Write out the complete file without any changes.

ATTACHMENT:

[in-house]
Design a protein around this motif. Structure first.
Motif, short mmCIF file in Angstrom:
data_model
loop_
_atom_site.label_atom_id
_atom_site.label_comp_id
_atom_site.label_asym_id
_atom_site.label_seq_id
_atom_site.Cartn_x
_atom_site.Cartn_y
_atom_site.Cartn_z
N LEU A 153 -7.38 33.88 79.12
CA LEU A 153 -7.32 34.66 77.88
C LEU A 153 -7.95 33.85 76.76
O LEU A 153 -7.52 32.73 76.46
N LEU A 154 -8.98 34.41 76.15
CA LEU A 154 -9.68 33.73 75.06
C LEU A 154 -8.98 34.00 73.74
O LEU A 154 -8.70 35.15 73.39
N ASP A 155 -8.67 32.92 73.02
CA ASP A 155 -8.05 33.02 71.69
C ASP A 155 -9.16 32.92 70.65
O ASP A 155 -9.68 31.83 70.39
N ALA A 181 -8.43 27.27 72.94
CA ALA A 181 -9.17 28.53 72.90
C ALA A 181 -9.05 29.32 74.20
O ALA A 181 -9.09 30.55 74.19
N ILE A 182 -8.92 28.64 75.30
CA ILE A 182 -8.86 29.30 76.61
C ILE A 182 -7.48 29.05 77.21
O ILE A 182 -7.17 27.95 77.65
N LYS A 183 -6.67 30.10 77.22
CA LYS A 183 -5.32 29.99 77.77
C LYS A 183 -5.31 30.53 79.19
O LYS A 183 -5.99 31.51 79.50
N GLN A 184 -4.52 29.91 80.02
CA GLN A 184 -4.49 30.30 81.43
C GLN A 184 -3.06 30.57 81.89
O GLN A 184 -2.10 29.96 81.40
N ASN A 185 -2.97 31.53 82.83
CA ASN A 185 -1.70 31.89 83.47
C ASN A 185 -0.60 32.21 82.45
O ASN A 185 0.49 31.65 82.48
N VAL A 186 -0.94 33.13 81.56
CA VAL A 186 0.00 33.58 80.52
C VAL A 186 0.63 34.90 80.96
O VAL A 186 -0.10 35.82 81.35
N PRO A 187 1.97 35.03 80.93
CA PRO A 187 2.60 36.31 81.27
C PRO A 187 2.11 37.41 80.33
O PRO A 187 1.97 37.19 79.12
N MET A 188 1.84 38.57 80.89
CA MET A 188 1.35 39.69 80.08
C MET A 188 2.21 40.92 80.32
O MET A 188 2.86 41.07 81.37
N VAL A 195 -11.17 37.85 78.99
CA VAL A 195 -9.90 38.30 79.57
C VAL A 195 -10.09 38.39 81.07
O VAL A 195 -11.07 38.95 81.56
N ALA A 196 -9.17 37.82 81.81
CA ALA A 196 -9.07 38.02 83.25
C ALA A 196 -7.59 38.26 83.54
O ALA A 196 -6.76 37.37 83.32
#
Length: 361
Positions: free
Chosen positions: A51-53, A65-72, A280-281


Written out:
[in-house]
Design a protein around this motif. Structure first.
Motif, short mmCIF file in Angstrom:
data_model
loop_
_atom_site.label_atom_id
_atom_site.label_comp_id
_atom_site.label_asym_id
_atom_site.label_seq_id
_atom_site.Cartn_x
_atom_site.Cartn_y
_atom_site.Cartn_z
N LEU A 153 -7.38 33.88 79.12
CA LEU A 153 -7.32 34.66 77.88
C LEU A 153 -7.95 33.85 76.76
O LEU A 153 -7.52 32.73 76.46
N LEU A 154 -8.98 34.41 76.15
CA LEU A 154 -9.68 33.73 75.06
C LEU A 154 -8.98 34.00 73.74
O LEU A 154 -8.70 35.15 73.39
N ASP A 155 -8.67 32.92 73.02
CA ASP A 155 -8.05 33.02 71.69
C ASP A 155 -9.16 32.92 70.65
O ASP A 155 -9.68 31.83 70.39
N ALA A 181 -8.43 27.27 72.94
CA ALA A 181 -9.17 28.53 72.90
C ALA A 181 -9.05 29.32 74.20
O ALA A 181 -9.09 30.55 74.19
N ILE A 182 -8.92 28.64 75.30
CA ILE A 182 -8.86 29.30 76.61
C ILE A 182 -7.48 29.05 77.21
O ILE A 182 -7.17 27.95 77.65
N LYS A 183 -6.67 30.10 77.22
CA LYS A 183 -5.32 29.99 77.77
C LYS A 183 -5.31 30.53 79.19
O LYS A 183 -5.99 31.51 79.50
N GLN A 184 -4.52 29.91 80.02
CA GLN A 184 -4.49 30.30 81.43
C GLN A 184 -3.06 30.57 81.89
O GLN A 184 -2.10 29.96 81.40
N ASN A 185 -2.97 31.53 82.83
CA ASN A 185 -1.70 31.89 83.47
C ASN A 185 -0.60 32.21 82.45
O ASN A 185 0.49 31.65 82.48
N VAL A 186 -0.94 33.13 81.56
CA VAL A 186 0.00 33.58 80.52
C VAL A 186 0.63 34.90 80.96
O VAL A 186 -0.10 35.82 81.35
N PRO A 187 1.97 35.03 80.93
CA PRO A 187 2.60 36.31 81.27
C PRO A 187 2.11 37.41 80.33
O PRO A 187 1.97 37.19 79.12
N MET A 188 1.84 38.57 80.89
CA MET A 188 1.35 39.69 80.08
C MET A 188 2.21 40.92 80.32
O MET A 188 2.86 41.07 81.37
N VAL A 195 -11.17 37.85 78.99
CA VAL A 195 -9.90 38.30 79.57
C VAL A 195 -10.09 38.39 81.07
O VAL A 195 -11.07 38.95 81.56
N ALA A 196 -9.17 37.82 81.81
CA ALA A 196 -9.07 38.02 83.25
C ALA A 196 -7.59 38.26 83.54
O ALA A 196 -6.76 37.37 83.32
#
Length: 361
Positions: free
Chosen positions: A51-53, A65-72, A280-281